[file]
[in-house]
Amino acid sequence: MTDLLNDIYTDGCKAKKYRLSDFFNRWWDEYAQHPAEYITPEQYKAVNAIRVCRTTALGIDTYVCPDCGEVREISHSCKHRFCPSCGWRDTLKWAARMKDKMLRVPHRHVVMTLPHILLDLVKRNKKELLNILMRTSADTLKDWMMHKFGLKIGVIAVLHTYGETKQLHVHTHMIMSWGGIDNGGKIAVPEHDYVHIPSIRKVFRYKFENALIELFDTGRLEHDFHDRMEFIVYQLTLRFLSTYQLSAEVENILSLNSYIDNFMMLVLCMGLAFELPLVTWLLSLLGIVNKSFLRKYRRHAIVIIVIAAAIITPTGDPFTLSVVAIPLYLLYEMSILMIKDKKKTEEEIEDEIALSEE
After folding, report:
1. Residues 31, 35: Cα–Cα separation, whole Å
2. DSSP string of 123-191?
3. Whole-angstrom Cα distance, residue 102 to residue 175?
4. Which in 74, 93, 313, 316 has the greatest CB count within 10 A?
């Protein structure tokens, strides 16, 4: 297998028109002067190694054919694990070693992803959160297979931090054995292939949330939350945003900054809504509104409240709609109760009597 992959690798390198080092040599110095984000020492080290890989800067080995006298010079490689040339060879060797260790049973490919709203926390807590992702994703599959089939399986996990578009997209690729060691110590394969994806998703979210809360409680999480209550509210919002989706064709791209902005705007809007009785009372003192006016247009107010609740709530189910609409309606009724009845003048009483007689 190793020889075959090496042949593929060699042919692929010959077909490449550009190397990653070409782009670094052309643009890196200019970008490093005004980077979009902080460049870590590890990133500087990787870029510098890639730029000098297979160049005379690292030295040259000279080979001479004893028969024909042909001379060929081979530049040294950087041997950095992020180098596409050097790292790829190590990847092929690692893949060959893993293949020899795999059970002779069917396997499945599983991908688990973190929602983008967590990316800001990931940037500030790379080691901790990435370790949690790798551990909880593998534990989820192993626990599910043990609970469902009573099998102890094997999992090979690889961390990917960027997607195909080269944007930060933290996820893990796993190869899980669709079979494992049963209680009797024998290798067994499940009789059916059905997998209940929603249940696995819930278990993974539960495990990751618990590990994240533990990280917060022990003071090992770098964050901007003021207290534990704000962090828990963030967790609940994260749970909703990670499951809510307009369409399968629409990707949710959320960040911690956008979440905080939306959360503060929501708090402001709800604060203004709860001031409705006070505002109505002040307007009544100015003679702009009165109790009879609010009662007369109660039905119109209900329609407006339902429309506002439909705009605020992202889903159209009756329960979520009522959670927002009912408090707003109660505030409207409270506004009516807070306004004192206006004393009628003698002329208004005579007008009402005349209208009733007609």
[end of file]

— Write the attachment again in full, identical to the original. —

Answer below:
[in-house]
Amino acid sequence: MTDLLNDIYTDGCKAKKYRLSDFFNRWWDEYAQHPAEYITPEQYKAVNAIRVCRTTALGIDTYVCPDCGEVREISHSCKHRFCPSCGWRDTLKWAARMKDKMLRVPHRHVVMTLPHILLDLVKRNKKELLNILMRTSADTLKDWMMHKFGLKIGVIAVLHTYGETKQLHVHTHMIMSWGGIDNGGKIAVPEHDYVHIPSIRKVFRYKFENALIELFDTGRLEHDFHDRMEFIVYQLTLRFLSTYQLSAEVENILSLNSYIDNFMMLVLCMGLAFELPLVTWLLSLLGIVNKSFLRKYRRHAIVIIVIAAAIITPTGDPFTLSVVAIPLYLLYEMSILMIKDKKKTEEEIEDEIALSEE
After folding, report:
1. Residues 31, 35: Cα–Cα separation, whole Å
2. DSSP string of 123-191?
3. Whole-angstrom Cα distance, residue 102 to residue 175?
4. Which in 74, 93, 313, 316 has the greatest CB count within 10 A?
């Protein structure tokens, strides 16, 4: 297998028109002067190694054919694990070693992803959160297979931090054995292939949330939350945003900054809504509104409240709609109760009597 992959690798390198080092040599110095984000020492080290890989800067080995006298010079490689040339060879060797260790049973490919709203926390807590992702994703599959089939399986996990578009997209690729060691110590394969994806998703979210809360409680999480209550509210919002989706064709791209902005705007809007009785009372003192006016247009107010609740709530189910609409309606009724009845003048009483007689 190793020889075959090496042949593929060699042919692929010959077909490449550009190397990653070409782009670094052309643009890196200019970008490093005004980077979009902080460049870590590890990133500087990787870029510098890639730029000098297979160049005379690292030295040259000279080979001479004893028969024909042909001379060929081979530049040294950087041997950095992020180098596409050097790292790829190590990847092929690692893949060959893993293949020899795999059970002779069917396997499945599983991908688990973190929602983008967590990316800001990931940037500030790379080691901790990435370790949690790798551990909880593998534990989820192993626990599910043990609970469902009573099998102890094997999992090979690889961390990917960027997607195909080269944007930060933290996820893990796993190869899980669709079979494992049963209680009797024998290798067994499940009789059916059905997998209940929603249940696995819930278990993974539960495990990751618990590990994240533990990280917060022990003071090992770098964050901007003021207290534990704000962090828990963030967790609940994260749970909703990670499951809510307009369409399968629409990707949710959320960040911690956008979440905080939306959360503060929501708090402001709800604060203004709860001031409705006070505002109505002040307007009544100015003679702009009165109790009879609010009662007369109660039905119109209900329609407006339902429309506002439909705009605020992202889903159209009756329960979520009522959670927002009912408090707003109660505030409207409270506004009516807070306004004192206006004393009628003698002329208004005579007008009402005349209208009733007609």